Noise Induced Hearing Loss-with guest author Dr. Gail M. Seigel
Noise Induced Hearing Loss: More than meets the ear
What is noise-induced hearing loss?
Noise-induced hearing loss (NIHL) is a hearing deficit caused by exposure to loud sound. The onset of NIHL can be sudden, as in the case of a bomb blast, or more insidious, as in the case of repeated exposure to loud music or a loud workplace over time. Signs of NIHL may manifest as the inability to hear conversations in a noisy room, acute ear discomfort following loud noise exposure, and/or tinnitus (a ringing sound in the ears). NIHL is a widespread public health issue. According to the Centers for Disease Control, somewhere between 10-40 million people under age 70 in the U.S. have hearing test results suggestive of NIHL. 
How does excessive noise cause hearing loss?
In order to understand how noise causes hearing loss, we need to know a bit about the mechanics of hearing. Under normal conditions, external sounds enter the ear through the auricle, the visible part of the outer ear. From there, the sound waves are funneled through the auditory canal to the tympanic membrane (a.k.a. the eardrum). The tympanic membrane absorbs some of the sound, which causes it to vibrate. These sound waves are conveyed through vibrations that are passed on through the small bones in the middle ear (the malleus, the incus, and the stapes) to the sensitive hair cells of the cochlea in the inner ear. The hair cells of the cochlea transmit the sound wave information as nerve impulses via the auditory nerve to the auditory cortex of the brain for processing and analysis. The end result of auditory processing allows you to distinguish between the sounds of a dog barking and a creaky floor.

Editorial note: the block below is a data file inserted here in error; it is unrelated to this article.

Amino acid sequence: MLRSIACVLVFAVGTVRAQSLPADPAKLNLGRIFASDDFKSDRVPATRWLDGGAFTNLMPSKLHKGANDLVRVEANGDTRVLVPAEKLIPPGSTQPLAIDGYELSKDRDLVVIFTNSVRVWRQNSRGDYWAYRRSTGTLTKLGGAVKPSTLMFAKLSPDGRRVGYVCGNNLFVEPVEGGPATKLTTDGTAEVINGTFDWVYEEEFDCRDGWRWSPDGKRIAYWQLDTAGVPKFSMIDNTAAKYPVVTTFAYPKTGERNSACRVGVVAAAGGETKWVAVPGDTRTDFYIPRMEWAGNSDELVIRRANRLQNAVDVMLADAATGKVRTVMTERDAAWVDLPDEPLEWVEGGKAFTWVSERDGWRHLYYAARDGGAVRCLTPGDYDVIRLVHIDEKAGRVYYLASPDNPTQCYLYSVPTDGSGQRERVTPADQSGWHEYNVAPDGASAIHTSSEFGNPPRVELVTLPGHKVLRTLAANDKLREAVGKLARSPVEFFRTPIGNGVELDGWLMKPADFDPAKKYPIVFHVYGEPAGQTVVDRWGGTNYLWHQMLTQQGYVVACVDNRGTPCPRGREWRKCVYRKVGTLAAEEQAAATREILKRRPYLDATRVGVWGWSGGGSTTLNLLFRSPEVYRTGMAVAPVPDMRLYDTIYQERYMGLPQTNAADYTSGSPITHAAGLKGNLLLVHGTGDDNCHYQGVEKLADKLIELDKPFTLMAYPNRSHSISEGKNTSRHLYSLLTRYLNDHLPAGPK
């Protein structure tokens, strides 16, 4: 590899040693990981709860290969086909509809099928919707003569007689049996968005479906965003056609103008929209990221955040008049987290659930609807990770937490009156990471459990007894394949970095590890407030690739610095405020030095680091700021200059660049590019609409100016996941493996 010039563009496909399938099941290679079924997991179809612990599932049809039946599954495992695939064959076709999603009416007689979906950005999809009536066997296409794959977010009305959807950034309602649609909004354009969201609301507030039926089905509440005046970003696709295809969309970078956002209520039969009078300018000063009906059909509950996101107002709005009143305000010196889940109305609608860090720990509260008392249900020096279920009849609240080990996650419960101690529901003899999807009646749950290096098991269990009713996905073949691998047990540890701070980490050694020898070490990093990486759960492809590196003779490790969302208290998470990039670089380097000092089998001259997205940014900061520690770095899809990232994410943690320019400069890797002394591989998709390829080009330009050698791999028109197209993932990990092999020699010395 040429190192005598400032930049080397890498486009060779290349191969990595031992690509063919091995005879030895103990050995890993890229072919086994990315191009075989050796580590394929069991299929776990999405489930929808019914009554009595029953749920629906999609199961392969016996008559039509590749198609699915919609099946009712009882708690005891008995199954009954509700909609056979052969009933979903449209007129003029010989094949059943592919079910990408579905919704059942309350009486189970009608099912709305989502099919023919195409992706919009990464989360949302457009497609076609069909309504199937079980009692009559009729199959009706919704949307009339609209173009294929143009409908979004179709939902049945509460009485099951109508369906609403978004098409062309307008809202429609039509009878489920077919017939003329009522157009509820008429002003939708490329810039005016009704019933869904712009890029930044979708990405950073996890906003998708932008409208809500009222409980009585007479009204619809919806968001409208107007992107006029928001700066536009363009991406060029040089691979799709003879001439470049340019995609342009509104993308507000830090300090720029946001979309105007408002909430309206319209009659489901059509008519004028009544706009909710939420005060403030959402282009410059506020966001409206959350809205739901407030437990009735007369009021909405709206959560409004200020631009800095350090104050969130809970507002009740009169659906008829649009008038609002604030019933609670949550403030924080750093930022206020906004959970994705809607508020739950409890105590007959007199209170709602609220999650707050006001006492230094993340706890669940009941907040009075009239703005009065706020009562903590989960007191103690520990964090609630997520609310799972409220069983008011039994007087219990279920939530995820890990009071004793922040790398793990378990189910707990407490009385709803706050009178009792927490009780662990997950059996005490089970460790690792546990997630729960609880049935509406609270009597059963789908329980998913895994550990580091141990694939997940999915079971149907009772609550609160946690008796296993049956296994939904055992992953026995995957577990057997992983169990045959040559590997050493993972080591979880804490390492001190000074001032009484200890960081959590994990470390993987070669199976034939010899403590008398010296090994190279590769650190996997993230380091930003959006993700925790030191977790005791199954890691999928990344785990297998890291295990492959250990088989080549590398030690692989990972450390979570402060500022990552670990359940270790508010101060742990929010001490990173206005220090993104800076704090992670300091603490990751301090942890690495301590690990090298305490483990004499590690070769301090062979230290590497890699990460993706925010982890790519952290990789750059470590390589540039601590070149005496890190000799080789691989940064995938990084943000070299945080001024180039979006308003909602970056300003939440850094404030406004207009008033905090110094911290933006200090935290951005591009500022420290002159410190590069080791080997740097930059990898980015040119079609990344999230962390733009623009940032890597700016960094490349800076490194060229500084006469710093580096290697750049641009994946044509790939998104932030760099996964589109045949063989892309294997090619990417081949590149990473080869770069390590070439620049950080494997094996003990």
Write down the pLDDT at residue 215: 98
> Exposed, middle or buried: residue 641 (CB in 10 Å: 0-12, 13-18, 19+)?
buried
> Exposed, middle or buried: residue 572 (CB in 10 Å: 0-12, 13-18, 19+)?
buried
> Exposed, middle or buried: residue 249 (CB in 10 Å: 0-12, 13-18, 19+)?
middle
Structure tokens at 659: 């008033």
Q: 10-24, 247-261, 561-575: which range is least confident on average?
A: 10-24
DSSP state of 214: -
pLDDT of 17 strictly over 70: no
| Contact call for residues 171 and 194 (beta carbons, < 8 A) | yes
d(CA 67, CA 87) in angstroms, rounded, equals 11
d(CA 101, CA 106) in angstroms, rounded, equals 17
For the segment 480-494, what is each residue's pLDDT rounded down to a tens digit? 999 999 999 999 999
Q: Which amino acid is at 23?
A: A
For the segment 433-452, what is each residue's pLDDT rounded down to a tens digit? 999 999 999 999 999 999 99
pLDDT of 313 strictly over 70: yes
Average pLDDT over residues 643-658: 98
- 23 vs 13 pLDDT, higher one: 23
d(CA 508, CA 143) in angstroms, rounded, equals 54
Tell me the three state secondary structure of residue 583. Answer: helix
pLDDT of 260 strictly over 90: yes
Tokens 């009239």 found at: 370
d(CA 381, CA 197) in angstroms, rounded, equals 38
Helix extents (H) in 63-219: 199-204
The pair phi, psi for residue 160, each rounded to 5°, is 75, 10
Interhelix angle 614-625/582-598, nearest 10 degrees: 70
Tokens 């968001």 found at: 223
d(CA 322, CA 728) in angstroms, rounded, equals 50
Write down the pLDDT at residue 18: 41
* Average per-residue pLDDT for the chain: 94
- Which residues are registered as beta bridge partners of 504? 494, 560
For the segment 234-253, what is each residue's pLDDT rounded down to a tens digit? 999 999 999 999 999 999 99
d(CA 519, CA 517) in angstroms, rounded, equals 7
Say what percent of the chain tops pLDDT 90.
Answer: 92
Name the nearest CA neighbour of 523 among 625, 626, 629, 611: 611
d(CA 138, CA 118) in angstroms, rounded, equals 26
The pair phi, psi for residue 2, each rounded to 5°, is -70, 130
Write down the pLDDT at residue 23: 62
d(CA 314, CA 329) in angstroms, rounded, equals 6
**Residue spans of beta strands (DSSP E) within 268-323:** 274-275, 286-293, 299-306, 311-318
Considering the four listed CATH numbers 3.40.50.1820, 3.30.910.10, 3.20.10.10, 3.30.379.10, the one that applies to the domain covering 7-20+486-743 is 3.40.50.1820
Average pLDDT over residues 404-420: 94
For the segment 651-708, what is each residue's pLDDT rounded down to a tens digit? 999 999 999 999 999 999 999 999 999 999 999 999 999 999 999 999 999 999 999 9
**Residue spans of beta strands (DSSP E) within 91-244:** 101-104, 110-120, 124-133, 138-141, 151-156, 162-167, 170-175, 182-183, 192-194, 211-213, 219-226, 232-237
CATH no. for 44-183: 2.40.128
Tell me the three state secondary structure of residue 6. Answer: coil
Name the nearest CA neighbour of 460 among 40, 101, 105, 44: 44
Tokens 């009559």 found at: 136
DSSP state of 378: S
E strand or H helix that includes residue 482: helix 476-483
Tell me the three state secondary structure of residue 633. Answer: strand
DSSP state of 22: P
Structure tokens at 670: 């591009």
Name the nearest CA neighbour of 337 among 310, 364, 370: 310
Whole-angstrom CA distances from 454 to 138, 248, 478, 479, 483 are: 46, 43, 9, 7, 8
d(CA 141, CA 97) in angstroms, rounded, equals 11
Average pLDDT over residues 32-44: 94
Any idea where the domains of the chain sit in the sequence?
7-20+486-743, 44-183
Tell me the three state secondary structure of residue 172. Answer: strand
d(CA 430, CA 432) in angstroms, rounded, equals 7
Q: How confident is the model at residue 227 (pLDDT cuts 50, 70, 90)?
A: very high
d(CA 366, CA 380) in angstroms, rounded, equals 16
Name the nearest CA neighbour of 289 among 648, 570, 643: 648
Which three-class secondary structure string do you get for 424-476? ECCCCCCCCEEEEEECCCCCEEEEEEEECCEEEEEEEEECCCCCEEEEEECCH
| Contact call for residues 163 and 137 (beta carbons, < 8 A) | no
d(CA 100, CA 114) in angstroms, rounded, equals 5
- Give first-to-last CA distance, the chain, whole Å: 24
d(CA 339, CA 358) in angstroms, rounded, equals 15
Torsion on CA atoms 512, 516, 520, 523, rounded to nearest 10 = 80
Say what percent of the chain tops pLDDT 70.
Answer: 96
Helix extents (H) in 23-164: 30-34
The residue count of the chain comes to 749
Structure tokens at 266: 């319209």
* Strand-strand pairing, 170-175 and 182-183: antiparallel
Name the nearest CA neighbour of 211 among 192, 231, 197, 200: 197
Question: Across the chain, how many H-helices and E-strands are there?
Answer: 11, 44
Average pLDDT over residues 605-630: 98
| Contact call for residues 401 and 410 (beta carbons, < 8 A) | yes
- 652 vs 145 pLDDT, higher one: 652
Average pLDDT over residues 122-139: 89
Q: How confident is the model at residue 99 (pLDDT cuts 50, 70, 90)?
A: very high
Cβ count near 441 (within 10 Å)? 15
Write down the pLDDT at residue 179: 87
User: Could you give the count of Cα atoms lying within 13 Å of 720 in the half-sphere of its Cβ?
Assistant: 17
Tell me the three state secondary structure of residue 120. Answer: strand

Under damaging noise conditions, the cochlea is particularly vulnerable. Exposure to loud noise can lead to a loss of hair cells in the cochlea, degeneration of the auditory nerve, as well as damage to the auditory cortex of the brain. Recent work by our lab has shown that the cochlear nucleus of the brain attempts to repair itself after loud noise exposure . We saw reorganization and repair activities in the cochlear nucleus for at least four weeks following loud noise exposure. Other studies have shown that inflammation can occur in the brain following noise exposure . These experiments and others suggest that even a brief exposure to very intense noise can lead to long-lasting effects, not only in the inner ear but also in the auditory processing portions of the brain. In other words, noise-induced hearing loss involves not only the structures of the inner ear but also the hearing centers of the brain itself.
How to prevent NIHL
The best way to prevent NIHL is to avoid loud noises. Since this is not always possible, there are other strategies you can use to protect your ears from damaging sounds. One option is to keep a set of earplugs with you for rock concerts, sporting events, and other loud venues. If you find yourself in a loud place without ear protection, try to create as much distance as possible between yourself and the source of the loud noise. Spread the word about hearing protection to friends and family, with special attention to young children who may rely on you to protect their sensitive ears.
Evaluation of NIHL
If you suspect NIHL (or hearing loss in general), a hearing health professional can evaluate how well you can hear specific sound frequencies (measured in kilohertz, kHz) and intensities of sound (measured in decibels, dB) in each ear as you listen to various test sounds with headphones. If hearing loss is significant, hearing aids can amplify sounds and improve hearing perception for a better quality of life.
Good luck and may all the sounds you hear be pleasant ones!
By Gail M. Seigel, Ph.D.
Laboratory of Ocular and Auditory Neuroscience
Center for Hearing & Deafness
University at Buffalo
2. Manohar S, Ramchander PV, Salvi R, Seigel GM. 2019. Synaptic reorganization response in the cochlear nucleus following intense noise exposure. Neuroscience Feb 10;399:184-198.
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